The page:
Small cars are easy to navigate and park, and parents might feel that their small size is ideal for a new driver. The bigger the vehicle, the safer it might be in a crash.
This doesn’t mean that parents have to invest in a massive truck for their teen. There are many great vehicle choices that aren’t micro or small…but also aren’t a monster truck!
KBB offers a list of the best cars for teens, and the list includes SUVs and mid-size sedans. KBB also breaks down their list by price-range so parents can find options to fit their budget. Choices include older models, too…but not cars that are too obsolete.
Models like the Toyota RAV4, Mazda CX-5, Honda Accord and Subaru Crosstrek all made the list of recommendations. However, parents can review the list to find out what make/model, year and budget price-point works best.
Other Safety Considerations
Parents want to choose the safest car for their teen driver, but enforcing other safety habits also can help to keep them focused on driving defensively and safely. Distracted driving refers to anything that takes a driver’s eyes off the road—this can include eating, flipping the radio or grabbing the cell phone.
Distracted driving killed more than 3,000 people in 2019. And, as the smartphone has become ubiquitous to the teen social world, teaching teens about distracted driving can help them understand how bad habits could affect them on the road.
Teen drivers might think they can multitask behind the wheel. That smartphone also could distract them with dings and alerts that signal a new message or social media update.
How do parents help teens understand the dangers of distracted driving? Creating a driving contract can help parents outline what is and what isn’t acceptable for teens to do behind the wheel. For example, the contract can outline driving times and phone use.
Parents can even enable features on a teen’s phone that deactivates it when teens are driving. Apple offers Do Not Disturb While Driving. Teens can still make an emergency phone call (if needed), but they won’t be distracted by their phone’s message alerts or by a phone call.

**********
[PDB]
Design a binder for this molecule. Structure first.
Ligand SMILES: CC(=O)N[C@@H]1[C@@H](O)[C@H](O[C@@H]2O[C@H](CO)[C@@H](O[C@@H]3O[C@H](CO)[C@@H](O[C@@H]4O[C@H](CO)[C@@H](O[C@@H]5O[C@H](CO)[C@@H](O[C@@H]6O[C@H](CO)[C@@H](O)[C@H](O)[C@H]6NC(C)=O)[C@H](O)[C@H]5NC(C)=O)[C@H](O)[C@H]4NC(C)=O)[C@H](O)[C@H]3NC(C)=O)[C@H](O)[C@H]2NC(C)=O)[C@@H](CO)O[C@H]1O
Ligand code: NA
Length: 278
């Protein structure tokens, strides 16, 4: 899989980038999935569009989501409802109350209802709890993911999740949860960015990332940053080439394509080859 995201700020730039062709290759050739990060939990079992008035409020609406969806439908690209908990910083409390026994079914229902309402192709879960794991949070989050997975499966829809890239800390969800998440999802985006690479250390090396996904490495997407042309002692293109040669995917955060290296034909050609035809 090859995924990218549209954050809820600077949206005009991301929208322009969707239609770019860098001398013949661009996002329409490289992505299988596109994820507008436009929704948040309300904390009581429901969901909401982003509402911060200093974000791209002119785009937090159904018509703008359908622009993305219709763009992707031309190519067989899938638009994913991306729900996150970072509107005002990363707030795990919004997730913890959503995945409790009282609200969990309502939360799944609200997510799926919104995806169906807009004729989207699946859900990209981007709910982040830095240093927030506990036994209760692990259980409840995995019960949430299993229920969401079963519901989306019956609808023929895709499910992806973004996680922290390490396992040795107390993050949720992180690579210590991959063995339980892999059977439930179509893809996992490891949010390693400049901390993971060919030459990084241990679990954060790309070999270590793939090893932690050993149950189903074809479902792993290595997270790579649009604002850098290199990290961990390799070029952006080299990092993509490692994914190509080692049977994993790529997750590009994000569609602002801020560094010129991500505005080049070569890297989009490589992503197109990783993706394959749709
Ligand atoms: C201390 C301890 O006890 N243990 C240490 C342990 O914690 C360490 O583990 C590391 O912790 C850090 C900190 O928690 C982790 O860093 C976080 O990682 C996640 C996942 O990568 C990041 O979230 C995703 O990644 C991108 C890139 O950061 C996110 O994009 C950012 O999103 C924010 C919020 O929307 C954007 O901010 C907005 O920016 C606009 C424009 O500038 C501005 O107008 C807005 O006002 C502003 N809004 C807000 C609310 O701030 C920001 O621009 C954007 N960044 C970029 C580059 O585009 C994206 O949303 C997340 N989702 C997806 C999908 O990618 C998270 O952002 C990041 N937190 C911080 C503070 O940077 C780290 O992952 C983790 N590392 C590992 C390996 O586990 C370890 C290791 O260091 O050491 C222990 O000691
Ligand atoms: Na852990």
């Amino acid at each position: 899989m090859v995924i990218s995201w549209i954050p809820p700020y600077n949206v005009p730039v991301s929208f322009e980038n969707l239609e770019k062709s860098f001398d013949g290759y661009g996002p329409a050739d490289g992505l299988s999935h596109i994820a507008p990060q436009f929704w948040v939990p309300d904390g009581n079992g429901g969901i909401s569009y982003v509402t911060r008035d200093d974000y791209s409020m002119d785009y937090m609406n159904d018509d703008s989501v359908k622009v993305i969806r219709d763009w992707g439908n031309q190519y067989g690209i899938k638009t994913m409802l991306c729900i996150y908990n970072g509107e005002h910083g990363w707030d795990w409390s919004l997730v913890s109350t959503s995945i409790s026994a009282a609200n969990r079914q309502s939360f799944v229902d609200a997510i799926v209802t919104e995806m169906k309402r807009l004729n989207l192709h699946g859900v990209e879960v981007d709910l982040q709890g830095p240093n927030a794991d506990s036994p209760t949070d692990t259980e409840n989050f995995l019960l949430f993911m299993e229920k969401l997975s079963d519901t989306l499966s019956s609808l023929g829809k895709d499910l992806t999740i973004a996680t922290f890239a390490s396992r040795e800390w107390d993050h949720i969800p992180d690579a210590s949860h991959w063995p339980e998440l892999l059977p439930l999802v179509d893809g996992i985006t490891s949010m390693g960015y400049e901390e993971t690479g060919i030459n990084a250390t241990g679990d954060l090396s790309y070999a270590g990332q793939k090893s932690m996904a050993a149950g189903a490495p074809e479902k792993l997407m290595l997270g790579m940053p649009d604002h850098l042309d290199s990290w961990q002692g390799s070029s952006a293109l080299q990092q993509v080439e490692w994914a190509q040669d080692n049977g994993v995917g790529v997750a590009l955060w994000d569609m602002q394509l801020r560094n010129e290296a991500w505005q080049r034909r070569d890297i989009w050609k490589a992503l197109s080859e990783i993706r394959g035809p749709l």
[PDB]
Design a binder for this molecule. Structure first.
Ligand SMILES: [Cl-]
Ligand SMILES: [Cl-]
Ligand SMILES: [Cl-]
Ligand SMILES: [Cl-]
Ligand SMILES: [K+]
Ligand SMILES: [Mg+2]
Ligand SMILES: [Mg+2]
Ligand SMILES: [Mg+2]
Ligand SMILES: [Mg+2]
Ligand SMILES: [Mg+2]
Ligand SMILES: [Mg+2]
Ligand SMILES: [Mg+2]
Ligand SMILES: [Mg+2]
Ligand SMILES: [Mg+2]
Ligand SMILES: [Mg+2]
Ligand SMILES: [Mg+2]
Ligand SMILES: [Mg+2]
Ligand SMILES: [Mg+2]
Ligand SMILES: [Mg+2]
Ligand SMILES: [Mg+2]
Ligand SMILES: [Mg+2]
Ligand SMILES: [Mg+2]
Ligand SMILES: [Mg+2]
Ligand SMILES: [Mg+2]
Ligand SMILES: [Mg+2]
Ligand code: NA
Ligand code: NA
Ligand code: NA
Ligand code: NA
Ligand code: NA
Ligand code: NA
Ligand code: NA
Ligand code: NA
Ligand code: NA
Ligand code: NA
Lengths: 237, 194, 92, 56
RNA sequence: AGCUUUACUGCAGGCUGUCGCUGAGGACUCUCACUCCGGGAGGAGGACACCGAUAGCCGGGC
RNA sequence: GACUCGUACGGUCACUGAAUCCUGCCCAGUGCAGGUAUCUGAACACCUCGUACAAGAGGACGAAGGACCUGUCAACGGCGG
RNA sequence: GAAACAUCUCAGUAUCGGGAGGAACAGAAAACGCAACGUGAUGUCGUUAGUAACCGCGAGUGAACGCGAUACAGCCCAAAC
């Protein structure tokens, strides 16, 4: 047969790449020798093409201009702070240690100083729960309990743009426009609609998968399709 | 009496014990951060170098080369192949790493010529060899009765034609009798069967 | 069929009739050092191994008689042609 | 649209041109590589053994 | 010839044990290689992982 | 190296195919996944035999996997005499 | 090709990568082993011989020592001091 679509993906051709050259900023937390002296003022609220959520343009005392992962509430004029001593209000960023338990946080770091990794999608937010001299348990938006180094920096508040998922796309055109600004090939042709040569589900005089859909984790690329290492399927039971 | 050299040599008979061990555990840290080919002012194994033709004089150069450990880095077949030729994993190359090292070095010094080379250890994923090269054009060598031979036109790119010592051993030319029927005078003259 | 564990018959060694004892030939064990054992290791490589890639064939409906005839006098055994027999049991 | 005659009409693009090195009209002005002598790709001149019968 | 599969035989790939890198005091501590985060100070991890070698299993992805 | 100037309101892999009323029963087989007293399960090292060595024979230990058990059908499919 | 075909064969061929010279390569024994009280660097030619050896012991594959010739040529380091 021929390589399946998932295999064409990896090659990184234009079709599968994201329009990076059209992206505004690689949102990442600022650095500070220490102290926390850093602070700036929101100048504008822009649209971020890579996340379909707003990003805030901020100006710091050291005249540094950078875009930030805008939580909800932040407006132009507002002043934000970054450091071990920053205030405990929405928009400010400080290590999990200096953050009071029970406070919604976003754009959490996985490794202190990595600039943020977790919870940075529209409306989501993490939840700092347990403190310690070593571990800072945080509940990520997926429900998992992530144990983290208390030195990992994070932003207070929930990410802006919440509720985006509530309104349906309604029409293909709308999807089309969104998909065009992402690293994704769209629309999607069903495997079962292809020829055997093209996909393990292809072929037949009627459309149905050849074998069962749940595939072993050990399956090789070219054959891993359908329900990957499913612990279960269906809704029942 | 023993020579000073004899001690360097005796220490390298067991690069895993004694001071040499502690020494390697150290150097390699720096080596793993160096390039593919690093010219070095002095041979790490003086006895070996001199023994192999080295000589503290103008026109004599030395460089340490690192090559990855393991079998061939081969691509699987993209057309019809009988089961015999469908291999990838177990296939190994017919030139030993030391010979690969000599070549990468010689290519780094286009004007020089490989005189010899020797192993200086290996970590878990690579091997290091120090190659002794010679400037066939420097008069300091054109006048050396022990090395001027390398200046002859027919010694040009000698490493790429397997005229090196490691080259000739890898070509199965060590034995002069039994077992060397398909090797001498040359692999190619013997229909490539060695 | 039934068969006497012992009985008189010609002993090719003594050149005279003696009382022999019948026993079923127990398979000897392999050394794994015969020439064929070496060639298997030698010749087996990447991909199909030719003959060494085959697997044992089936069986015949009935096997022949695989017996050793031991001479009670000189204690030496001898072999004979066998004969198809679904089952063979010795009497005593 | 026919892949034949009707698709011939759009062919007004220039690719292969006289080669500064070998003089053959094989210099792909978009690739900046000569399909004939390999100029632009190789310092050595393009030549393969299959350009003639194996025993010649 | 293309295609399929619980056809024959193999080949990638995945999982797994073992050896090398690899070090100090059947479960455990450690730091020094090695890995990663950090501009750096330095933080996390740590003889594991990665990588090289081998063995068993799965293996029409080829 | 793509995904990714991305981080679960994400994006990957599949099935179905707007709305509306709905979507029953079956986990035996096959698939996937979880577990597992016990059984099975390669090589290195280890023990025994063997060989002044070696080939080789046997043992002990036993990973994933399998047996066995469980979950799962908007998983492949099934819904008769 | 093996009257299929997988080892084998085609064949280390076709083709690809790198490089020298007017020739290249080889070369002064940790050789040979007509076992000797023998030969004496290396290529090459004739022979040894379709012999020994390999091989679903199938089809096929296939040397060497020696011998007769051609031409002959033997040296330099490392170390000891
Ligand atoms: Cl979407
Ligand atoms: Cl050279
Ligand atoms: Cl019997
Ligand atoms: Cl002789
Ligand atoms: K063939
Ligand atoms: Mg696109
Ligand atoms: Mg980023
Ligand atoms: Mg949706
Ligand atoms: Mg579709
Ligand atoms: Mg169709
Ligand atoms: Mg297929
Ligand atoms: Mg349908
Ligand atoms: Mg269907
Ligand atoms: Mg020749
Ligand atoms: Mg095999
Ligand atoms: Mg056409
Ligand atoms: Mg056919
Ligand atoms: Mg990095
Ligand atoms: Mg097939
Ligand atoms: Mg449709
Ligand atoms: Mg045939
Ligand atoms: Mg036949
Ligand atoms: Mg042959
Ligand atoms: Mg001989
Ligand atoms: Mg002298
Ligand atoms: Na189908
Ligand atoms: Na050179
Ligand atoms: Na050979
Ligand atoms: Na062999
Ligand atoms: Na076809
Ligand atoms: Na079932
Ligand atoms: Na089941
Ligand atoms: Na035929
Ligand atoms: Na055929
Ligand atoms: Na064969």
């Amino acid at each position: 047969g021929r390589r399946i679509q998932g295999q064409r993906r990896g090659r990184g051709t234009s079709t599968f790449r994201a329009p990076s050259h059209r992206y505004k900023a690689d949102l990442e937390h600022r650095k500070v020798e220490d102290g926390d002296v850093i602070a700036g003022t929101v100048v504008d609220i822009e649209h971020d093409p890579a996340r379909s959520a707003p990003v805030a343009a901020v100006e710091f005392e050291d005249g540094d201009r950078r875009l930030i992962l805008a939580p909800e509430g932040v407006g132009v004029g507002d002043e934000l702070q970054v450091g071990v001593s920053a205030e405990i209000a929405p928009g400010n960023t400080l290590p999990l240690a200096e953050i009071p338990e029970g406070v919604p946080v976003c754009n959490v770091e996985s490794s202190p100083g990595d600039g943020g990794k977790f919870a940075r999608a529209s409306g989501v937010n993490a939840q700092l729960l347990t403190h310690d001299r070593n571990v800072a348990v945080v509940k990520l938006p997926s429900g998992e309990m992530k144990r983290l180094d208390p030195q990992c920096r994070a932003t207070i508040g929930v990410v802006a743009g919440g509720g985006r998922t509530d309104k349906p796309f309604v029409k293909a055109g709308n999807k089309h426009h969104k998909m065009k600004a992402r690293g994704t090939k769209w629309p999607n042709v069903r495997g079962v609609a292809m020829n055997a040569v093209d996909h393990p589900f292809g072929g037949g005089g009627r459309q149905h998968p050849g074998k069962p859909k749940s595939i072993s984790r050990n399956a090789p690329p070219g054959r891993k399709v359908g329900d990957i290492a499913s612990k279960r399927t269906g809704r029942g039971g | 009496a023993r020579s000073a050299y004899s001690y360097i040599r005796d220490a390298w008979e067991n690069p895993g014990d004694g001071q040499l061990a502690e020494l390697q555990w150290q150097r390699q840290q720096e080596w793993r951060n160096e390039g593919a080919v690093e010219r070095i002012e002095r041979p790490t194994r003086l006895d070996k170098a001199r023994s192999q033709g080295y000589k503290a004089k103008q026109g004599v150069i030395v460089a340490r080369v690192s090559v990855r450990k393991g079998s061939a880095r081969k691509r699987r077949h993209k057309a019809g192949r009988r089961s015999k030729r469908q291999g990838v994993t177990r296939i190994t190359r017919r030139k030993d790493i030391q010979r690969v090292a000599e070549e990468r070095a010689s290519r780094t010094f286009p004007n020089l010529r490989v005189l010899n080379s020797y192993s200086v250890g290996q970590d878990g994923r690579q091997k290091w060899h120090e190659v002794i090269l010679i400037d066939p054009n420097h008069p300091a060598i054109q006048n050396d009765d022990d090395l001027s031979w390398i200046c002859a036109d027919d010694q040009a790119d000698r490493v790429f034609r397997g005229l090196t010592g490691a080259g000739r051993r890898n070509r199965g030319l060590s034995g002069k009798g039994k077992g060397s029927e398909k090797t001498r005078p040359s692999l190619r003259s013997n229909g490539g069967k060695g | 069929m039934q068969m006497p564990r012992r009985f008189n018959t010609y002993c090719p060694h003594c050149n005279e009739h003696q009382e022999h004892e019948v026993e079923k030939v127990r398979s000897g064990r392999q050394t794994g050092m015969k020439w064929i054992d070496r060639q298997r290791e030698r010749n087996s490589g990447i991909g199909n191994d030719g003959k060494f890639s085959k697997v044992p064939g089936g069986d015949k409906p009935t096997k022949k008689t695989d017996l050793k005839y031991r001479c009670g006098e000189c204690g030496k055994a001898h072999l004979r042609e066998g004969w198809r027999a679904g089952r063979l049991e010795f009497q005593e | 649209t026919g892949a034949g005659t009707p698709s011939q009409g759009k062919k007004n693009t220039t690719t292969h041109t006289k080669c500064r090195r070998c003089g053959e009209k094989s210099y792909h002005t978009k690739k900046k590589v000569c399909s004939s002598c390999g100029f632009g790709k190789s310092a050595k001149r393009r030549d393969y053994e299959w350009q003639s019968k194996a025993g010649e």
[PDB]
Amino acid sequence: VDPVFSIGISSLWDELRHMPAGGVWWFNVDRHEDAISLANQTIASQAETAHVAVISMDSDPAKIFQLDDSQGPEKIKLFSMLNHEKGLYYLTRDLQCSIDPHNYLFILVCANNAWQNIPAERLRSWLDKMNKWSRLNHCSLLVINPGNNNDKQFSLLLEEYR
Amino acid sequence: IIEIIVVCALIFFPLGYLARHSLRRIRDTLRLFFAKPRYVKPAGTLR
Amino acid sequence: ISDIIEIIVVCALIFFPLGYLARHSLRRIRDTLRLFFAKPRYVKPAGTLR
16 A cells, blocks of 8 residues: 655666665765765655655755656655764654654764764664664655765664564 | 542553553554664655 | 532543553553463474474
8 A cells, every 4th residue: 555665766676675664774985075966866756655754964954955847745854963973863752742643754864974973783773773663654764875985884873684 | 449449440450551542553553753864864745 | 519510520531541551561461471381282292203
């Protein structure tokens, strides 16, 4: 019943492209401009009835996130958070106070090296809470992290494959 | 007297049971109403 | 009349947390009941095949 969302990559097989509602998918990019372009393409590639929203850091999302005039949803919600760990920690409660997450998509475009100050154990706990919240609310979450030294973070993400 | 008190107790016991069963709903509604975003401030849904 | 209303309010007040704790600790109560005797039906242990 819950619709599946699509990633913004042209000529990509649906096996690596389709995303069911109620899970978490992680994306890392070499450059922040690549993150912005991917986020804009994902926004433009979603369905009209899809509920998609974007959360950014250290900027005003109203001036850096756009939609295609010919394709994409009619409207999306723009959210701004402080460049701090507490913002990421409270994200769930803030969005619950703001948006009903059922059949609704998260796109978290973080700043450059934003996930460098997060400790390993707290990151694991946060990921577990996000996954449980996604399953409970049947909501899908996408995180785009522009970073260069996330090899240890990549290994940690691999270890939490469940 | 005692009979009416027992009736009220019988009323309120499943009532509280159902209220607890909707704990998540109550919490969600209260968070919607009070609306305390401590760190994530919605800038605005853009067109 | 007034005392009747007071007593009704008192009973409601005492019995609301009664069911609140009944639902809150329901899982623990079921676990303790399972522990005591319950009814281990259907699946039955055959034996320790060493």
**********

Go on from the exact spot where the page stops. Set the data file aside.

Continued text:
Finding the Safest Car for Teens
Parents can use recommendations from Kelley Blue Book to find the safest car models for their teens. When parents or teens are ready to shop for that new car, they can use Carzing to locate the safest models.
Carzing lets buyers search for vehicles by typing in a keyword, selecting a make/model or a price range. Or just enter keywords. Carzing will show all the available vehicles in the buyer’s area. If the search brings up too many options, buyers can narrow down their choices further by selecting specific features related to transmission, color and even safety features such as backup cameras and navigation systems.
Once parents find that perfect car with the safety features they want, it’s time to prequalify for financing. Parents can find financing with the terms they want and the monthly payments that are best for their budget. Carzing also helps buyers better understand how much they will need to include for their down payment.
Are parents going to use a trade-in when purchasing a car for their teen? This also can be included in the financing. Find the KBB value and add it in!
Carzing makes finding the safest car for teens easy
Parents can reserve that visit to the dealership when it’s time for a test drive and to finalize the deal.
While parents might be apprehensive about their teen hitting the road solo, they can visit Carzing to find the best car for their teen with all the latest safety features.